• 20. Determination of coefficient of permeability Empirical relations for the coefficient of permeability Permeability of granular soils P bilit f l il For fairly uniform sand Hazen (1930) proposed the following relation between the coefficient of permeability k (m/s) and the effective particle size D10 (in mm) (the particle size than which 10% soil is finer): k = C D10 C.D 2 where C is a constant approximately equal to pp y q 0.01 (see the figure beside) Hazzan equation and data relating coefficient of permeability and effective grain size of granular soils Permeability – Part B Dr O.Hamza
  • 21. Determination of coefficient of permeability Empirical relations for the coefficient of permeability Permeability of soft clays P bilit f ft l Samarasinghe, H S i h Huang and D d Drnevich (1982) h i h have suggested th t th t d that the coefficient of permeability of clays can be given by the equation: en k=C 1+ e where h e is void ratio C and n are constant to be determined experimentally Consolidation of soft clay may involve a significant decrease in void ratio and therefore of permeability. Permeability – Part B Dr O.Hamza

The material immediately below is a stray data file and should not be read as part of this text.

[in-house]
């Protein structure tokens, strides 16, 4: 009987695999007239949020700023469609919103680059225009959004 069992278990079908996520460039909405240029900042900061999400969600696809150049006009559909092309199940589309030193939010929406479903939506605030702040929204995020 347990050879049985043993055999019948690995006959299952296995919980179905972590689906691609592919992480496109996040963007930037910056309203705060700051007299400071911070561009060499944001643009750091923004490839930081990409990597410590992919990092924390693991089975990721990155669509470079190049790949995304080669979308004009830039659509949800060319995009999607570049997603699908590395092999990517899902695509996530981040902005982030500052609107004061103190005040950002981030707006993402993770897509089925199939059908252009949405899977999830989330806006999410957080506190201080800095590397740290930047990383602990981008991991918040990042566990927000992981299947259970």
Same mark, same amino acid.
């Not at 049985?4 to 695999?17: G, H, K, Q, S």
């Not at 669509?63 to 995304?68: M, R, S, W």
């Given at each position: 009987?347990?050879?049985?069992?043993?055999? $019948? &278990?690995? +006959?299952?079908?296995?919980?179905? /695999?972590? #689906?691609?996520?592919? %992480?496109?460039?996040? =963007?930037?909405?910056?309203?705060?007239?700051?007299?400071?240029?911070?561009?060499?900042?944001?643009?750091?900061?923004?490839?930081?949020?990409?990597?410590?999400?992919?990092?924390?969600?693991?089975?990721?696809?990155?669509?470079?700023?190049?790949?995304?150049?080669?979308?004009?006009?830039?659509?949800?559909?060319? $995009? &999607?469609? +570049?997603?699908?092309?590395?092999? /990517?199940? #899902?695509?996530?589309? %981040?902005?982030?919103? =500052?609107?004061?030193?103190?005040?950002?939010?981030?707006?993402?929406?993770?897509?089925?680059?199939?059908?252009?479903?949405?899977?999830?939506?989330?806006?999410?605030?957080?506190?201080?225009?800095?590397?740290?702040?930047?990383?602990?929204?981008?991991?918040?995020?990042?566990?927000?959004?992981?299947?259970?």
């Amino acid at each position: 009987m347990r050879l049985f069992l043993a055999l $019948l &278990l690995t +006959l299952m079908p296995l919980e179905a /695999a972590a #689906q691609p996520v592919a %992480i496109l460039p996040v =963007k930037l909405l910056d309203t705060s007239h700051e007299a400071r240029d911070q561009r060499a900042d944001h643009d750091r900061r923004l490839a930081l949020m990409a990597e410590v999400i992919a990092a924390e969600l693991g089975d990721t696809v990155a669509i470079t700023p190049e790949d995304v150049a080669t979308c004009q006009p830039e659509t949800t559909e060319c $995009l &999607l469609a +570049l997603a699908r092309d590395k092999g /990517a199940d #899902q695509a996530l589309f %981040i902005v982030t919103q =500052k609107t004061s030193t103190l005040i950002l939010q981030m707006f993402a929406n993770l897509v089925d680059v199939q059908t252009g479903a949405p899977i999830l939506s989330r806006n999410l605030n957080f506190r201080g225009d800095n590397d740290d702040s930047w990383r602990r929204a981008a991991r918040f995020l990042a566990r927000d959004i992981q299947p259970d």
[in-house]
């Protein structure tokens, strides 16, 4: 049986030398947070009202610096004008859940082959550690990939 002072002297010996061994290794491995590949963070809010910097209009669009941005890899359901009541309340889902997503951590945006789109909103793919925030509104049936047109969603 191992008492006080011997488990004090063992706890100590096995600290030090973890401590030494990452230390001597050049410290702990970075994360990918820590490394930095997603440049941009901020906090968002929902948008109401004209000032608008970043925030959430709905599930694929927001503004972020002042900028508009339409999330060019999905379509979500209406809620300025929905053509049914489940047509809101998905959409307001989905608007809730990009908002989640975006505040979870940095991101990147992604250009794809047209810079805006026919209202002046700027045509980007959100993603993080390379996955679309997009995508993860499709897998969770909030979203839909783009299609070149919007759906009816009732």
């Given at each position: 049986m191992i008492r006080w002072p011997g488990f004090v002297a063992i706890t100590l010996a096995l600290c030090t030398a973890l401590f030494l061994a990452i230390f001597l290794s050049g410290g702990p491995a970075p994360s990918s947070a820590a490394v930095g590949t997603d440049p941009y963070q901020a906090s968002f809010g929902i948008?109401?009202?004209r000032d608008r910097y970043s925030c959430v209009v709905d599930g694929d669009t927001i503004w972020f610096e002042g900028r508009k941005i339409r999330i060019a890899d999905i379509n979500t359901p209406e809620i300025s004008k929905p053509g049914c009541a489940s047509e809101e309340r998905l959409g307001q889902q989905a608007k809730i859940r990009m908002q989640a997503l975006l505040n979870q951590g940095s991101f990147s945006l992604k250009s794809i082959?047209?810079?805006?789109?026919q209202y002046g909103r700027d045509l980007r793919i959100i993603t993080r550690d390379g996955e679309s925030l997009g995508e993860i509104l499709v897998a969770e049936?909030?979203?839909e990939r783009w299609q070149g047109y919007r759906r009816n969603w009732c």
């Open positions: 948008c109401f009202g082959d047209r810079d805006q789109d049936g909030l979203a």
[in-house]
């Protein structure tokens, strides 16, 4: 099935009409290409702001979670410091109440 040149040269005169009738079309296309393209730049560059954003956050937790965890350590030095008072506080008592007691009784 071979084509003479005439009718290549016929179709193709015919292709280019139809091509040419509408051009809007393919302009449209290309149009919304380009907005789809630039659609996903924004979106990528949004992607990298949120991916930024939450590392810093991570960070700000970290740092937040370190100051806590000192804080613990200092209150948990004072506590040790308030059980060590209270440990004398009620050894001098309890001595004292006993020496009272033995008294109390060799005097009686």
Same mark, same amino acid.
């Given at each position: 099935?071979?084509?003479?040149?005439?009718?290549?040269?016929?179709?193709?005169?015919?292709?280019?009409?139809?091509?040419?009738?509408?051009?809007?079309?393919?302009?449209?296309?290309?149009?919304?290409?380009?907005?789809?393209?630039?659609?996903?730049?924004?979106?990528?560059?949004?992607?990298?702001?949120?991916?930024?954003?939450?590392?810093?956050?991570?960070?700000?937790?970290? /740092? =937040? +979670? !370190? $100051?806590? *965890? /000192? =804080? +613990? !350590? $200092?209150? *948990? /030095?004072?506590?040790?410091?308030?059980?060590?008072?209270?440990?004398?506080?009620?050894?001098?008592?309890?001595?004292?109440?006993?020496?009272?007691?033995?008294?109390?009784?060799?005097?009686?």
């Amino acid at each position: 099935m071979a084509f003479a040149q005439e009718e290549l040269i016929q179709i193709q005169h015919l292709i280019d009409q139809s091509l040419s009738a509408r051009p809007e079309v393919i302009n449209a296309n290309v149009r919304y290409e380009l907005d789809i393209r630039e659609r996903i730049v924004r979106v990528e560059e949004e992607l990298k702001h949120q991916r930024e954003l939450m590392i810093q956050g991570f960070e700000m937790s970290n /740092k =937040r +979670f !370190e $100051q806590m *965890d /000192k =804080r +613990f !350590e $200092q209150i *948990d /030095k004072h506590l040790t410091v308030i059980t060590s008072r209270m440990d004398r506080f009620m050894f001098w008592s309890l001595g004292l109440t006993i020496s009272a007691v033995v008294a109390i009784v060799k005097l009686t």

• 22. Summary • All soils are permeable materials, water being free to flow through the interconnected pores between the solid particles. • Water in saturated soil will flow in response to hydraulic g p y gradient and occurs towards the lower total head. • Flow rate is proportional to the hydraulic gradient and can be affected by the geometry of the pores. pores • The hydraulic gradient may be associated with natural flow or induced by loading the soil (i.e. due to excavation or construction). • Coefficient of permeability may be determined from laboratory experiments or from in situe measurements • Pore water pressure u at any point of the soil is computed from the definition of the hydraulic head, u = γw(h-hz) (where h is total head and hz is elevation head). Permeability – Part B Dr O.Hamza